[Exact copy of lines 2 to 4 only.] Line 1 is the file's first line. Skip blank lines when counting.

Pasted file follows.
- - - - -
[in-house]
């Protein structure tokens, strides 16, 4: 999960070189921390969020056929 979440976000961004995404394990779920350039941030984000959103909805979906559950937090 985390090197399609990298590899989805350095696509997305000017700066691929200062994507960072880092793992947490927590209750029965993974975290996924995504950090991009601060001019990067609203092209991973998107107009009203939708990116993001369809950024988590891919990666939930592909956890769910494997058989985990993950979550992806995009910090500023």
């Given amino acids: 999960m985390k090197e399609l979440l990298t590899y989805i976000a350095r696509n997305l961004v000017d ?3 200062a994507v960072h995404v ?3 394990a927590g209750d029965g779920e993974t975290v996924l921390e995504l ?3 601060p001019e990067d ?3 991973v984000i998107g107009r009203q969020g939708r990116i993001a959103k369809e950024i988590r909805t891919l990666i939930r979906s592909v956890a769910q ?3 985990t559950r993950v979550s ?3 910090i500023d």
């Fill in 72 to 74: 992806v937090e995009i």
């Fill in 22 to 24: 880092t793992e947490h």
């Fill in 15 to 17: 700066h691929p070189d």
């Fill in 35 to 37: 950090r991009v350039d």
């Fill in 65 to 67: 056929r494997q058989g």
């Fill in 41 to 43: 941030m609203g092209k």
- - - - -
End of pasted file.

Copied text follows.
């Protein structure tokens, strides 16, 4: 999960070189921390969020056929 979440976000961004995404394990779920350039941030984000959103909805979906559950937090 985390090197399609990298590899989805350095696509997305000017700066691929200062994507960072880092793992947490927590209750029965993974975290996924995504950090991009601060001019990067609203092209991973998107107009009203939708990116993001369809950024988590891919990666939930592909956890769910494997058989985990993950979550992806995009910090500023």
């Given amino acids: 999960m985390k090197e399609l979440l990298t590899y989805i976000a350095r696509n997305l961004v000017d ?3 200062a994507v960072h995404v ?3 394990a927590g209750d029965g779920e993974t975290v996924l921390e995504l ?3 601060p001019e990067d ?3 991973v984000i998107g107009r009203q969020g939708r990116i993001a959103k369809e950024i988590r909805t891919l990666i939930r979906s592909v956890a769910q ?3 985990t559950r993950v979550s ?3 910090i500023d």
């Fill in 72 to 74: 992806v937090e995009i």